Likes

Translate

Translate

Report

Report
Community guidelines
Be kind and respectful, give credit to the original source of content, and search for duplicates before posting. Learn more
community guidelines
Community Expert ,
Apr 08, 2021 Apr 08, 2021

Copy link to clipboard

Copied

You are misunderstanding how Pantone swatches work.

The solid swatches are based on spot inks that get pouted into the printing machine. They are defined in Lab color space.

The CMYK values that Pantone provides are specifically made up in a way that they match that color when printed using the US Web process. They are also optimized that they don't contain 1 or 2 percent values and what not.

 

When you use Illustrator or any other software to convert the Lab spot colors into process then this happens based on your color management settings. The resulting numbers will never match Pantone's made up CMYK numbers. In order to get precisely these numbers, don't use solid swatches at all.

Likes

Translate

Translate

Report

Report
Community guidelines
Be kind and respectful, give credit to the original source of content, and search for duplicates before posting. Learn more
community guidelines
Explorer ,
Apr 08, 2021 Apr 08, 2021

Copy link to clipboard

Copied

No, I quite understand. Pantone suggests value for CMYK, and RGB that best match their PMS swatches. Therefore, when converting a swatch a SPOT to CMYK or RGB in Illustrator or other software that used PMS books, the conversions SHOULD match the recommended values, BUT they don't. This makes for a lot of extra work for us designers that works equally in print and digital mediums. 

 

Likes

Translate

Translate

Report

Report
Community guidelines
Be kind and respectful, give credit to the original source of content, and search for duplicates before posting. Learn more
community guidelines
Explorer ,
Apr 08, 2021 Apr 08, 2021

Copy link to clipboard

Copied

*excuse typos

 

Likes

Translate

Translate

Report

Report
Community guidelines
Be kind and respectful, give credit to the original source of content, and search for duplicates before posting. Learn more
community guidelines
Explorer ,
Apr 08, 2021 Apr 08, 2021

Copy link to clipboard

Copied

At this stage in the game there should be settings for us to select from to choose to match PMS suggested values or system values. 

Likes

Translate

Translate

Report

Report
Community guidelines
Be kind and respectful, give credit to the original source of content, and search for duplicates before posting. Learn more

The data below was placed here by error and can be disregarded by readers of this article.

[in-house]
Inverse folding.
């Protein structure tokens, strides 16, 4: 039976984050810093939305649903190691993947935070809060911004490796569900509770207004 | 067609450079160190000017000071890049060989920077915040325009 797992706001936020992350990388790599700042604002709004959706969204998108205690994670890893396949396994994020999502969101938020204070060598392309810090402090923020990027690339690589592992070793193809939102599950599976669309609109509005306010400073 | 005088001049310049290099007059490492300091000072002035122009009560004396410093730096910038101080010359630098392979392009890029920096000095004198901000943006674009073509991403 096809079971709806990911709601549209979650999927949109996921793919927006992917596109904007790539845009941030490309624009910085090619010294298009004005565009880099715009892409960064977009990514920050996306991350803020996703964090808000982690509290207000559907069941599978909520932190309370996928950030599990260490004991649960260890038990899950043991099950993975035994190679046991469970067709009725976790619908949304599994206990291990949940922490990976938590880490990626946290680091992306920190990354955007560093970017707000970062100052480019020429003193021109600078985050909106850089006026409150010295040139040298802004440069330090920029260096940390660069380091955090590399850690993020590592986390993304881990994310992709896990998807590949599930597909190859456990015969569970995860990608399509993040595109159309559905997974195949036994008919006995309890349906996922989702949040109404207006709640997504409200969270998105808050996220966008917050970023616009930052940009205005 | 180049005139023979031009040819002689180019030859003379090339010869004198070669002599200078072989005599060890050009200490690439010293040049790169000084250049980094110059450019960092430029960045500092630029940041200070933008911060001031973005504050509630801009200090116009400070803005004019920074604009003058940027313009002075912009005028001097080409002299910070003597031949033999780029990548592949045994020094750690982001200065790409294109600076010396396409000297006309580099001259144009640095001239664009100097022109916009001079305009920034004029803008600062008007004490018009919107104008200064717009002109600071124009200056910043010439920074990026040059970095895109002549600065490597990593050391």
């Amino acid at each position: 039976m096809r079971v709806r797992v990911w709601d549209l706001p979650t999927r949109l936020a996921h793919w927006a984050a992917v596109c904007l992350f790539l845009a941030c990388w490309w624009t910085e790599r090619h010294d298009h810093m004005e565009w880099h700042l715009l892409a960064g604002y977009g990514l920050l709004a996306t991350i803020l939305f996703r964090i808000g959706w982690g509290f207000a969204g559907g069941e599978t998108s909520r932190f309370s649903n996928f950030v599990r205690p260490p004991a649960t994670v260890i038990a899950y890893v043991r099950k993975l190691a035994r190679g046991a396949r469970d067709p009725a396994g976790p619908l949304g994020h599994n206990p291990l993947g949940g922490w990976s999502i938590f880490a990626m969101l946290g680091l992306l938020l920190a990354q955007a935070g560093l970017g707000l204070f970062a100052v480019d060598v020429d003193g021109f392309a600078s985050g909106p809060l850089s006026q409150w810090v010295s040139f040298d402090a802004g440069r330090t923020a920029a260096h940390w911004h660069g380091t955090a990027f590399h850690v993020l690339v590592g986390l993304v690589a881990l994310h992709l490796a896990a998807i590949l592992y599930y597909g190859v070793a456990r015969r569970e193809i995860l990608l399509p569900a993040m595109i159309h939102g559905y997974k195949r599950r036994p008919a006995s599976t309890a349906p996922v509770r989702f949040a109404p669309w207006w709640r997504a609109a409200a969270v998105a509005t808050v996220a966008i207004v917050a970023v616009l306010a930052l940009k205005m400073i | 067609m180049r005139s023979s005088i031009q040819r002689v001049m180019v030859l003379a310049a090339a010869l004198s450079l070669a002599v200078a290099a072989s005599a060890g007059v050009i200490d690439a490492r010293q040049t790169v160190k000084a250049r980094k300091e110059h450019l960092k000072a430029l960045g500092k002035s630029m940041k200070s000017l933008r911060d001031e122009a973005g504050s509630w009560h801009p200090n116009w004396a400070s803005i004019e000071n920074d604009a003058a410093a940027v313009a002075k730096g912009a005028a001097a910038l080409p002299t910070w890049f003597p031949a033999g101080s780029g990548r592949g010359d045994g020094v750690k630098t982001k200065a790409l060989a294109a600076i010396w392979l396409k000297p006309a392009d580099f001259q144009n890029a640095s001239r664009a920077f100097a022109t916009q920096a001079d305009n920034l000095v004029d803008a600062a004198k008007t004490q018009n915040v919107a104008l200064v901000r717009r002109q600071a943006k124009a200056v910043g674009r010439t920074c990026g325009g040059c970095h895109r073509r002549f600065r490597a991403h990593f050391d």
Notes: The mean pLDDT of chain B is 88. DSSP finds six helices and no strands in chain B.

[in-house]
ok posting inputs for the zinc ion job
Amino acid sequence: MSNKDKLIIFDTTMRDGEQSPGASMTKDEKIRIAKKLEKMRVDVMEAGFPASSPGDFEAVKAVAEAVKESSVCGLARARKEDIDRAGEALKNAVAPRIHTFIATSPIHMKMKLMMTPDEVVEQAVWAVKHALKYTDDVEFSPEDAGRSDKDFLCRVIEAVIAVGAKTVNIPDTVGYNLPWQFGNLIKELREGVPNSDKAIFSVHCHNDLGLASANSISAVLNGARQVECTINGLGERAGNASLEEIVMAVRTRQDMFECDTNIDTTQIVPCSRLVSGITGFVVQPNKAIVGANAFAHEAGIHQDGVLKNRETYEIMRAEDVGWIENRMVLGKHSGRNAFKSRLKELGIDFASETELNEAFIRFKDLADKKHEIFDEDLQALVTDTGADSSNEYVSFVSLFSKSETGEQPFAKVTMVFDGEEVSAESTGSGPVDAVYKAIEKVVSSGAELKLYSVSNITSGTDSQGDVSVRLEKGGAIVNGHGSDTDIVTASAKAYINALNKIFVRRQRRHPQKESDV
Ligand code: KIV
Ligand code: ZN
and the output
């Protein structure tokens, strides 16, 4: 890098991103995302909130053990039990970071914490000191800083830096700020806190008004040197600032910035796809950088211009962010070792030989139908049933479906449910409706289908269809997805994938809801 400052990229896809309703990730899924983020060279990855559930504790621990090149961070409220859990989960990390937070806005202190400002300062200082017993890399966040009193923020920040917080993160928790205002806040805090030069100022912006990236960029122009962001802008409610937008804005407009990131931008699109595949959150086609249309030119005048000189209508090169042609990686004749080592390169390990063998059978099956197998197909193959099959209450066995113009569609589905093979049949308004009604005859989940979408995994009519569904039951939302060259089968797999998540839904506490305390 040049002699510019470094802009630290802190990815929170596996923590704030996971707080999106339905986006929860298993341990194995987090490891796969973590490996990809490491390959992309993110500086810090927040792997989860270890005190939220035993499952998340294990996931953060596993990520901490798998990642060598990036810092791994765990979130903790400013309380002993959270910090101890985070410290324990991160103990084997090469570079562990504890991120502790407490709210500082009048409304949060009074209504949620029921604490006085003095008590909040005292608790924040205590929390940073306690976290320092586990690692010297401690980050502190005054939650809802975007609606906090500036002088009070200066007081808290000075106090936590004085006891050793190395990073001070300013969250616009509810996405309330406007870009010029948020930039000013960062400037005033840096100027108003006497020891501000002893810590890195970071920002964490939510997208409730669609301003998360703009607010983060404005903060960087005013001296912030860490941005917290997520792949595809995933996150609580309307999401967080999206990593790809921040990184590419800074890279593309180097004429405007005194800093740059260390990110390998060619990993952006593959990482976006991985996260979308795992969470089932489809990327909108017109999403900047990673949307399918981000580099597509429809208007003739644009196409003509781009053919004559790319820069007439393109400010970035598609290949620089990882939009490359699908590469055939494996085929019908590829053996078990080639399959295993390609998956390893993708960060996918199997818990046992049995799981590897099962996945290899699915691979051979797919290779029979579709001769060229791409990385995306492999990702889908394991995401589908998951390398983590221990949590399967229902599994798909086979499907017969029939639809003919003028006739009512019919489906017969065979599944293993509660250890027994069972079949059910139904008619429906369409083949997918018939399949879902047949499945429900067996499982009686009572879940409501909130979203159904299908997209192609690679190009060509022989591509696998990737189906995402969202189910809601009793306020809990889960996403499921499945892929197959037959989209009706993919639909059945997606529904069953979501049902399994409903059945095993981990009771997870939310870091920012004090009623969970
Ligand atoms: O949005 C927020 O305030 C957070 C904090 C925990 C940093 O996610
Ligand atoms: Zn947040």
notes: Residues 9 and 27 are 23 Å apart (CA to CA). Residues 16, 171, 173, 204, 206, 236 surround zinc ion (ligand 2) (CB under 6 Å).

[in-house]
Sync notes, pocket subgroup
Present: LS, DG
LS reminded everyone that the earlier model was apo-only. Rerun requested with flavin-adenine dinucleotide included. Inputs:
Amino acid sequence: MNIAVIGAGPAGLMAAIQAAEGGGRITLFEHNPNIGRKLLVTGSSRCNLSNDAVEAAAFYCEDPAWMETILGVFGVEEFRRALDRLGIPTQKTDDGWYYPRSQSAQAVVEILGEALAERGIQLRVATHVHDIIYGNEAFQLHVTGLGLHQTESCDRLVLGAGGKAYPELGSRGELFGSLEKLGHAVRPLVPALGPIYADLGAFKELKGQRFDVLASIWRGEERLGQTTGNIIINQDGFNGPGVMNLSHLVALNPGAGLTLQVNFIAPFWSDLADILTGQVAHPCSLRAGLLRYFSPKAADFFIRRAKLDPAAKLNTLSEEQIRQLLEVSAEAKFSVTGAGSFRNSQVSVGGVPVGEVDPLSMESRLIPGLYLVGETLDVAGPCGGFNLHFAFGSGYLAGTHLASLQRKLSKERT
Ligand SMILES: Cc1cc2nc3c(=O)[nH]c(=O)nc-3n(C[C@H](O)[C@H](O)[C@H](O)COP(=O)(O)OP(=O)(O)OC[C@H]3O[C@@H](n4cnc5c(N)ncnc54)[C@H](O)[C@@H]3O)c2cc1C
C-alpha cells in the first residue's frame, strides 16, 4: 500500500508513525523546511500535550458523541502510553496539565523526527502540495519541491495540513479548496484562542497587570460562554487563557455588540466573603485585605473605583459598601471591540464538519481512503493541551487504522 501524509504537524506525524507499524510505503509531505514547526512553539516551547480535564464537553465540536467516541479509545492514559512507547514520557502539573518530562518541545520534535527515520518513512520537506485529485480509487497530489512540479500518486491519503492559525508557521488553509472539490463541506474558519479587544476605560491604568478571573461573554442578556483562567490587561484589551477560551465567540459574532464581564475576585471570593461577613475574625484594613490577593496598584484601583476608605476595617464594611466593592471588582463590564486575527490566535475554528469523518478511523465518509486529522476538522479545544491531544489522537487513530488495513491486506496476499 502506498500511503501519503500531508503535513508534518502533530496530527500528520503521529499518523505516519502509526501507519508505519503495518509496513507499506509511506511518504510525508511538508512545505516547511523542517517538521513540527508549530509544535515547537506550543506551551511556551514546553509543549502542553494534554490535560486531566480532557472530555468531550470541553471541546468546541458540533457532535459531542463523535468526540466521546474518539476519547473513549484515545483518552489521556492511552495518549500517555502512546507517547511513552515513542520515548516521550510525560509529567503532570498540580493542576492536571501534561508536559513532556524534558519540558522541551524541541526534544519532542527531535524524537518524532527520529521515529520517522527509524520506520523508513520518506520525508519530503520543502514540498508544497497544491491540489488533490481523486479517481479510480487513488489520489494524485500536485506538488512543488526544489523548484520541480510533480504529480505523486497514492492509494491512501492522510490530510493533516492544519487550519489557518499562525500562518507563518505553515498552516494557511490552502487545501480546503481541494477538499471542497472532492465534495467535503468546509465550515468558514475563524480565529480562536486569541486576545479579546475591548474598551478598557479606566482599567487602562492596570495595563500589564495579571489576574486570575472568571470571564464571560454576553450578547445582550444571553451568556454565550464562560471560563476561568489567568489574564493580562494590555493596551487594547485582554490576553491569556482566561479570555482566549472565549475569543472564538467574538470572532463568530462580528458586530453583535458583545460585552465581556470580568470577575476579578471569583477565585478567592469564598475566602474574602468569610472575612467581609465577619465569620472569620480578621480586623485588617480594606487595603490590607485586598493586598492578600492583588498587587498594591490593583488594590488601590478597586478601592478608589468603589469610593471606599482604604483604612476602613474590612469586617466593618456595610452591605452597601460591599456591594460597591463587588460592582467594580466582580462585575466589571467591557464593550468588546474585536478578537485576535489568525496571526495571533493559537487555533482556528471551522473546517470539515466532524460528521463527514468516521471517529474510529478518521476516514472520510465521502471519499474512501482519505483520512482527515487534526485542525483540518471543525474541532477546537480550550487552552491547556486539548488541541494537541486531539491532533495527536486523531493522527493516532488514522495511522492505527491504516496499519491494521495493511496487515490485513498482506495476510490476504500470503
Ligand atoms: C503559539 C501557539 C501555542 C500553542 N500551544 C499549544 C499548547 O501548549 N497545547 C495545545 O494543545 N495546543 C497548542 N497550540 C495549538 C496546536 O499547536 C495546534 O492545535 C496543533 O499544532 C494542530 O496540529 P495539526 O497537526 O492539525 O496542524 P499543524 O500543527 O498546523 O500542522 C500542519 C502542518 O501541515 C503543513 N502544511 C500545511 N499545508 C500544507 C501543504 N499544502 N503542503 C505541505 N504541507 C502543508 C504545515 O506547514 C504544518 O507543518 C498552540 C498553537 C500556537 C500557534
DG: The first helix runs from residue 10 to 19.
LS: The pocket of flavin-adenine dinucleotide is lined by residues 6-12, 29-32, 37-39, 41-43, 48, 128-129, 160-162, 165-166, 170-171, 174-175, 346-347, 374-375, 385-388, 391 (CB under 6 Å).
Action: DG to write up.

community guidelines
Community Expert ,
Apr 08, 2021 Apr 08, 2021

Copy link to clipboard

Copied

quote

Therefore, when converting a swatch a SPOT to CMYK or RGB in Illustrator or other software that used PMS books, the conversions SHOULD match the recommended values, BUT they don't.

 

By @ktdid.

 

No, they should not.

 

What should match is the printed result. But that won't work if all the world prints using the same CMYK numbers on all the world's printing presses and all the world's papers.

 

Therefore you need to set up your color management in the way that it produces reliable output for the situation you're in. And then let color management convert the spot colors so the printed page matches the spot ink.

Likes

Translate

Translate

Report

Report
Community guidelines
Be kind and respectful, give credit to the original source of content, and search for duplicates before posting. Learn more
community guidelines
Explorer ,
Apr 08, 2021 Apr 08, 2021

Copy link to clipboard

Copied

I disagree. There should be a standard starting point that then designers edit per their needs. Cleary Pantone must agree as they supply suggested values for all PMS swatches.

Likes

Translate

Translate

Report

Report
Community guidelines
Be kind and respectful, give credit to the original source of content, and search for duplicates before posting. Learn more
community guidelines
Community Expert ,
Apr 08, 2021 Apr 08, 2021

Copy link to clipboard

Copied

OK.

I guess nobody will be able to help you with that.

Likes

Translate

Translate

Report

Report
Community guidelines
Be kind and respectful, give credit to the original source of content, and search for duplicates before posting. Learn more
community guidelines
Community Expert ,
Apr 08, 2021 Apr 08, 2021

Copy link to clipboard

Copied

My question was which RGB color space, sRGB, Adobe RGB, Monitor RGB? they will all give different RGB numbers for the same Pantone color.

Note that the Pantone website that you linked to warns: "Please note that RGB & Hex/HTML values will differ between the PANTONE Color Finder and the PANTONE Color Bridge Guides due to different standards for print and digital use."

Likes

Translate

Translate

Report

Report
Community guidelines
Be kind and respectful, give credit to the original source of content, and search for duplicates before posting. Learn more
community guidelines
Community Expert ,
Apr 08, 2021 Apr 08, 2021

Copy link to clipboard

Copied

What Monika said and consider that many Pantone colors are chosen to produce a printing color that cannot be produced with CMYK process colors (out of gamut). 

You cannot expect an accurate reproduction from a solid color that cannot be reproduced with CMYK inks, it will always be an approximation and the CMYK numbers will always be  different depending on the color management method for handling colors that are out of gamut, the inks, the printing press, the paper and the taste of the user (which incorrect color do you like the best?). 

Pantone may give fixed numbers, but color management will give better results under all those variable circumstances.

Likes

Translate

Translate

Report

Report
Community guidelines